Rebecca Keegan, Los Angeles Times

In the era of the dad bod — an ascendant, doughy female ideal of a guy who doesn’t count his carbs or hers — there is something about the protein-powder-built bodies in “Magic Mike XXL” that feels out of step, like a male fantasy of what a female fantasy should be. I suppose there’s something equalizing about objectifying male bodies as much as we objectify female ones, and something sweet about filmmakers thinking this hard about what turns women on. But it’s hard when the movie’s female characters make even these cartoon men look like portraits of complexity. 

Ann Hornaday, Washington Post

For all of its exalting, sex-positive feminism, there are more than a few moments in “Magic Mike XXL” when the simulated mounting, thrusting, bumping and grinding look less like fun than the dutiful ministrations of scantily clad wage slaves, their female admirers concentrating, with similar determination, on keeping the dollars unfurling and their rictus-like smiles from flattening into bemusement or plain boredom. At the point when one lucky lady (sorry, “lay-dee”) is doused with copious squirts of chocolate sauce and whipped cream, it’s possible to wonder whether the filmmakers’ defense of female desire has slipped from devotion into patronizing caricature.

Maryann Johansson, Flick Filosopher

I don’t find Christian Grey’s antics romantic. I don’t find Channing Tatum appealing. And I don’t understand why random men taking their clothes off in front of a crowd in public is automatically sexy. If anything, Magic Mike XXL is an unintentional parody of Sexy(TM), an unwitting sendup of caricatures of men and women and sex and attraction that so much of pop culture — including advertising! — is built on. But we’re meant to swallow this straight-faced and unconditionally. Creativity is attractive. The talent to make something useful and beautiful is very attractive. Grinding your crotch in the face of a woman you don’t know on a stage while hoards of screaming women watch and throw cash at you is icky. And sad. And definitely not sexy.

Kimberley Jones, Austin Chronicle

The first “Magic Mike,” directed by Steven Soderbergh and based on star Channing Tatum’s early career as a stripper, was grittier in its exploration of a Tampa revue of male exotic dancers. For all its grinning about grinding bodies, there was no mistaking that a sweaty thong was where Mike’s dreams went to die. Still, women climbed aboard the movie like a theme-park ride and screamed their way through it. Those screams did not fall on deaf ears. The sequel, flatly preposterous but as eager to please as a big dumb Labrador, hardly bothers with plot. It wants only to be loved, and to let women know it loves them, too: titillation and affirmation, sealed with the feint of a real kiss. “Magic Mike XXL” isn’t really a movie. It’s a bachelorette party, or a book club, or any other safe space where women gather for some of that “you go, girl” good feeling. It’s an amusement-park ride. Fasten the safety belt, secure your purses, and get ready to scream.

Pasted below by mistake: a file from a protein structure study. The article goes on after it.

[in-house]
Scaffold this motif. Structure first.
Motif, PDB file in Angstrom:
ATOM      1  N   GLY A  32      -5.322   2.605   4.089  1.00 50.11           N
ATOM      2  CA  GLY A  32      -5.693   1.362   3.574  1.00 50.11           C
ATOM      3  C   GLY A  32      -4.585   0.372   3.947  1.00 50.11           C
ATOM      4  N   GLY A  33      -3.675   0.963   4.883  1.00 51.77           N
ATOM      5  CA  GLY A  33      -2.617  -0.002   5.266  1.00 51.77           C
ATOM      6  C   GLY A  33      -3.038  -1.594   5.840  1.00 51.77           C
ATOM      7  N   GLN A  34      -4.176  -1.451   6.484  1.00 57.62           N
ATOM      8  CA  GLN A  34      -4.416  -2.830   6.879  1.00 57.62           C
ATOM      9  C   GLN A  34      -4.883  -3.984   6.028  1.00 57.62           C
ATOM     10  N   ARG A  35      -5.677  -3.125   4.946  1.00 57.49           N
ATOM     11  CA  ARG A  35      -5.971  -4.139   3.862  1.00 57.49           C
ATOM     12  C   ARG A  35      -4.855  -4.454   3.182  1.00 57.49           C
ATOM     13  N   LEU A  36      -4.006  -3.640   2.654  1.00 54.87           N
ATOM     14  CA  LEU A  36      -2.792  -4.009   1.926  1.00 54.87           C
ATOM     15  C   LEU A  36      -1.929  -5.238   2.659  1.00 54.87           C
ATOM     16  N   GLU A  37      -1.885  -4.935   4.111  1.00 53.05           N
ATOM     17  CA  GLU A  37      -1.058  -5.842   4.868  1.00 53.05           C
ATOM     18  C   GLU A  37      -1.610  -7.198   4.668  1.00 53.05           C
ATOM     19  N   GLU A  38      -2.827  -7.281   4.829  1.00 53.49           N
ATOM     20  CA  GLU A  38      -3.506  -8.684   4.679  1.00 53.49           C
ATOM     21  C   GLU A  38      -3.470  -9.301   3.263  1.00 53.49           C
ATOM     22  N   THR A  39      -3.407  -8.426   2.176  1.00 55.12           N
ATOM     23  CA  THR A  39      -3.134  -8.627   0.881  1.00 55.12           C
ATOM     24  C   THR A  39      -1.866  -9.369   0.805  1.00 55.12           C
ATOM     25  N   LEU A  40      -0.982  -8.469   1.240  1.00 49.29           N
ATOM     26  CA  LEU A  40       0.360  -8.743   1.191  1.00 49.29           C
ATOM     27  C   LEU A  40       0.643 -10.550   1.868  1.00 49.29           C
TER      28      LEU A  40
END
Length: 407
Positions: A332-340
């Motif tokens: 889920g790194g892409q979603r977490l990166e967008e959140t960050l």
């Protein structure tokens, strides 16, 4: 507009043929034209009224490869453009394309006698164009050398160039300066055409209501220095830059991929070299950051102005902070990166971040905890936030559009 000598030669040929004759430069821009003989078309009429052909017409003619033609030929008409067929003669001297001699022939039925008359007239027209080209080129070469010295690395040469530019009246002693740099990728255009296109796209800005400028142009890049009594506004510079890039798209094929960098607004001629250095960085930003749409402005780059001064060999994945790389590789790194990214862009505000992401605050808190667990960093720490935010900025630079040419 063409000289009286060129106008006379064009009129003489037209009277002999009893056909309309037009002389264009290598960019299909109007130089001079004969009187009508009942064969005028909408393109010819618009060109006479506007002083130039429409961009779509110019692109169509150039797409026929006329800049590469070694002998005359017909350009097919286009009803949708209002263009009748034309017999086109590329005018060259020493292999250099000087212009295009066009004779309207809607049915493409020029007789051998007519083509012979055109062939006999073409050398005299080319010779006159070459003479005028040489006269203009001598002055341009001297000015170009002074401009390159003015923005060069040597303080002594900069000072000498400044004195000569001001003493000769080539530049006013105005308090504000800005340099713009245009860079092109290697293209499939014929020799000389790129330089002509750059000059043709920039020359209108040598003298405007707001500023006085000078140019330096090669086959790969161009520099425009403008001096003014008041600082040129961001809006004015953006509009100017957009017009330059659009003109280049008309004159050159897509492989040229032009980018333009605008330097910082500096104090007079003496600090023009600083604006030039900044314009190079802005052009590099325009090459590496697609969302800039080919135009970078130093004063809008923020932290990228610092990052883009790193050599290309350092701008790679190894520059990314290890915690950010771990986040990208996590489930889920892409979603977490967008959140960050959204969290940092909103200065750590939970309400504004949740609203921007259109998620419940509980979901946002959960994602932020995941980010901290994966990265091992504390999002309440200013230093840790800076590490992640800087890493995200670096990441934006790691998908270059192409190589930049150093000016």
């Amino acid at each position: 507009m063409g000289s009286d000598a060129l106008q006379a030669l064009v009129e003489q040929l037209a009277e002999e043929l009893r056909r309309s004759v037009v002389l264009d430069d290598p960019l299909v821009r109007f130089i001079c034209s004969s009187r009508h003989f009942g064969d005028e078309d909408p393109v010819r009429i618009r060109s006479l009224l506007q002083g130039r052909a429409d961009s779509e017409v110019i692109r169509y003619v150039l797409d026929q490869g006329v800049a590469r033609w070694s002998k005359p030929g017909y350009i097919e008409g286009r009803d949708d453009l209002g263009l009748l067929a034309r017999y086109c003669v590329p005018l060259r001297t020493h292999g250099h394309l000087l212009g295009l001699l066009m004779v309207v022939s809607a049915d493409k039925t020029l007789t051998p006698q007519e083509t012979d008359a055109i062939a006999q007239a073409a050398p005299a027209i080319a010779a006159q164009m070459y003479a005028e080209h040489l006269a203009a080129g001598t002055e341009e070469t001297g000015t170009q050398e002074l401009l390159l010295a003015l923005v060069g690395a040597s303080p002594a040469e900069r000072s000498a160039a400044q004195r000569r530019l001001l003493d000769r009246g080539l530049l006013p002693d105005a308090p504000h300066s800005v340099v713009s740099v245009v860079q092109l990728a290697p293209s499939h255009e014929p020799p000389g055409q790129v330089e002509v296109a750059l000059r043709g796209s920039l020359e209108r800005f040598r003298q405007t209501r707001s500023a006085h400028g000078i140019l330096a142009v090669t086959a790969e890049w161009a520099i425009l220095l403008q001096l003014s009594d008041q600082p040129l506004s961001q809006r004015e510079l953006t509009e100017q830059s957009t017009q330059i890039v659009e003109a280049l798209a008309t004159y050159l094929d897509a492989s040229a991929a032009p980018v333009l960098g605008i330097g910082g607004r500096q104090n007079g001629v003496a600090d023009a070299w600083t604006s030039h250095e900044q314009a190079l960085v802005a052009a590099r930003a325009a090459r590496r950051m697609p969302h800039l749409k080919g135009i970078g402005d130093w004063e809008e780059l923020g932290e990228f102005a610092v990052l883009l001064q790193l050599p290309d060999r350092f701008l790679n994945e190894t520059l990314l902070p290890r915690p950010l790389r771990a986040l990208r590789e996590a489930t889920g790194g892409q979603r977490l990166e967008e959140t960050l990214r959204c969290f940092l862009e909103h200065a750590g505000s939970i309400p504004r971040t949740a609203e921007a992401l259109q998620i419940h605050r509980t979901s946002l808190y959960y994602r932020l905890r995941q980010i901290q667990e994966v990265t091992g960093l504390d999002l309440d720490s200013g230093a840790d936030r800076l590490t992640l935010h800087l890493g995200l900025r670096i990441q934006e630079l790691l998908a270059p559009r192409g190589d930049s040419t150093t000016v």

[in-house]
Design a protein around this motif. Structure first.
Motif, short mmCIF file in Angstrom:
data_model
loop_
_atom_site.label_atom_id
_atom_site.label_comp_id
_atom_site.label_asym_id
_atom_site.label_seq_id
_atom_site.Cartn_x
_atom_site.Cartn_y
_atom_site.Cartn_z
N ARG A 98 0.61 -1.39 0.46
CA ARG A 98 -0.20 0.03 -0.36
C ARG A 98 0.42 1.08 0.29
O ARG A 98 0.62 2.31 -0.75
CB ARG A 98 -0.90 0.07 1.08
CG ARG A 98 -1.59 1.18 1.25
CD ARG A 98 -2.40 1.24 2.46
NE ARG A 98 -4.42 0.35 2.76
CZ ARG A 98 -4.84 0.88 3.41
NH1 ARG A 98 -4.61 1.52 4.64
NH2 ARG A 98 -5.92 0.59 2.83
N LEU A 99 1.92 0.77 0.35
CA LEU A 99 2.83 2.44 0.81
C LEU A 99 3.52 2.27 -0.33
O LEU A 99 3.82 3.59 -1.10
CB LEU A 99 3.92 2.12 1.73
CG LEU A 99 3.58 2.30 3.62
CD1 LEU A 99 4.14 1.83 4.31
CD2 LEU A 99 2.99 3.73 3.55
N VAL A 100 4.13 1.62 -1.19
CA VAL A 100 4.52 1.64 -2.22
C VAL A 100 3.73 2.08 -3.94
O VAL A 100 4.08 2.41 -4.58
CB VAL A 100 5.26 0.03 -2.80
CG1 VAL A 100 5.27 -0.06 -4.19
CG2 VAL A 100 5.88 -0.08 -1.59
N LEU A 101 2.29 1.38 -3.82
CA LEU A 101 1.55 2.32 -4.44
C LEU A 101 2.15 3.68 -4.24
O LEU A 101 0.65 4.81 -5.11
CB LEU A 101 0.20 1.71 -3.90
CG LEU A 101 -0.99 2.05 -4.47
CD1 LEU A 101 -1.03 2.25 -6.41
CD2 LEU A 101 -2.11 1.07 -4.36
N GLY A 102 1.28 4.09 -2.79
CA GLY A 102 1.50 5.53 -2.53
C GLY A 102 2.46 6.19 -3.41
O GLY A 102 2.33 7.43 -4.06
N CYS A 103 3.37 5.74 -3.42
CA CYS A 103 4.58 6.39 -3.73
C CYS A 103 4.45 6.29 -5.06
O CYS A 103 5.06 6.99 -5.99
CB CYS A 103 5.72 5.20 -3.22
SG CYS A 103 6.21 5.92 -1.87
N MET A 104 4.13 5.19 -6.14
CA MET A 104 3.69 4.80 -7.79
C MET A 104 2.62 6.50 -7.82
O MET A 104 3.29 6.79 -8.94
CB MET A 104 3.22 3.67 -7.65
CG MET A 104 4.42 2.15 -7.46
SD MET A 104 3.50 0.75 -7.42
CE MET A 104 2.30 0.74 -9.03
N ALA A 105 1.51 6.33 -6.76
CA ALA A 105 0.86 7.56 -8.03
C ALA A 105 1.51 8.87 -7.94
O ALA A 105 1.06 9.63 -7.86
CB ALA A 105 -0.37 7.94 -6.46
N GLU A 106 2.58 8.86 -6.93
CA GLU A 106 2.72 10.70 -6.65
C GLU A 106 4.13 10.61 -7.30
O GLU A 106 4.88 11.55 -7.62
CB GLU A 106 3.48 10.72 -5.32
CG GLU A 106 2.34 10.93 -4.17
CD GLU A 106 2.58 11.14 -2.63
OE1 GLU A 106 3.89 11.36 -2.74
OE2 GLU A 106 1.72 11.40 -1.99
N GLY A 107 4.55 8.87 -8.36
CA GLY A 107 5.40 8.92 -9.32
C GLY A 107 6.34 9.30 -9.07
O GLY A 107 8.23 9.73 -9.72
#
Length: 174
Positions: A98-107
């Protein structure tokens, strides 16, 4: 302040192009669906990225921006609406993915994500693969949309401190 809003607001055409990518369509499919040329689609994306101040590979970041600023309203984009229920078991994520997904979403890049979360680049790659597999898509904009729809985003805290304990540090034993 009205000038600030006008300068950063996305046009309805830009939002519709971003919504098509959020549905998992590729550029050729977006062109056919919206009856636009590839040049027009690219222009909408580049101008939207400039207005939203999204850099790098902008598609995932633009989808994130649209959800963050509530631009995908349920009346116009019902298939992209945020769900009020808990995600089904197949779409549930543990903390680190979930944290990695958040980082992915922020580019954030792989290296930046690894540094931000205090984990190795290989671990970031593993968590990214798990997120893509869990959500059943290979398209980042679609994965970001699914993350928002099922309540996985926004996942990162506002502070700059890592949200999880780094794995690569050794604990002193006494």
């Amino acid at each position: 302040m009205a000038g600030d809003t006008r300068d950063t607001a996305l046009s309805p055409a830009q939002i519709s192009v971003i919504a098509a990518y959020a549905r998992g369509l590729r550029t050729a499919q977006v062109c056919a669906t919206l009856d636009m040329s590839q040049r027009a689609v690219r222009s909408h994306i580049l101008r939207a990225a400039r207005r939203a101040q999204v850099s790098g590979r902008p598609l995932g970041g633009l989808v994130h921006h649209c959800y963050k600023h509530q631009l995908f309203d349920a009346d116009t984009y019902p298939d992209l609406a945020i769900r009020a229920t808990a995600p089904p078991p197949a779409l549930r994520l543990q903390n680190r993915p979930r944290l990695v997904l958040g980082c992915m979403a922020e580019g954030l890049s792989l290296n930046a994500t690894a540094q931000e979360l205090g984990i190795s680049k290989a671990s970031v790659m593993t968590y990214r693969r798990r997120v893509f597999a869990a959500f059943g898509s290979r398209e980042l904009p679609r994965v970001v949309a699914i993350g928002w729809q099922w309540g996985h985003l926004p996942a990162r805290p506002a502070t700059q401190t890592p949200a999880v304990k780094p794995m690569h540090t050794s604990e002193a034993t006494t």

Mara Reinstein, Us Weekly

Oh, yes, this follow-up film about a pack of genetically blessed, oiled-up male strippers is both light on its feet and a dazzling feat of sexy entertainment. It’s also loaded with more good times than the last bachelorette party you pretended to have fun at while you secretly longed to be home bingeing “Orange Is the New Black.”

Barabara VanDenburgh, Arizona Republic

It is, in a word, ridiculous. To the film’s credit, it knows it’s ridiculous. It’s aiming for ridiculous, and it hits the mark as precisely as the strippers groove half-naked to their beats. But that winning (if threadbare) formula is unsustainable. It has all the artistic depth of an actual strip show, and it couldn’t possibly appeal to anyone outside its given demographic. But there’s still plenty of ribald magic in “XXL’s” Mike for anyone with a few extra sweaty dollar bills to throw in.

Kate Erbland, The Playlist

The dancing is the best it’s ever been, and although the film’s jaw-dropping final act, centered on the guys’ convention performance, is one for the books, a minimart-set sequence focused on Manganiello is the highlight of the entire film. It also looks and moves exactly in the way one would expect a movie about male strippers to look and move, which is to say, kind of hilarious, definitely sexy, and mortifyingly entertaining. Still, even the best routines can’t entirely raise the film from its shambling, directionless feeling, and nothing is nearly as tight as Tatum and crew’s dance moves.

This Article is related to: Features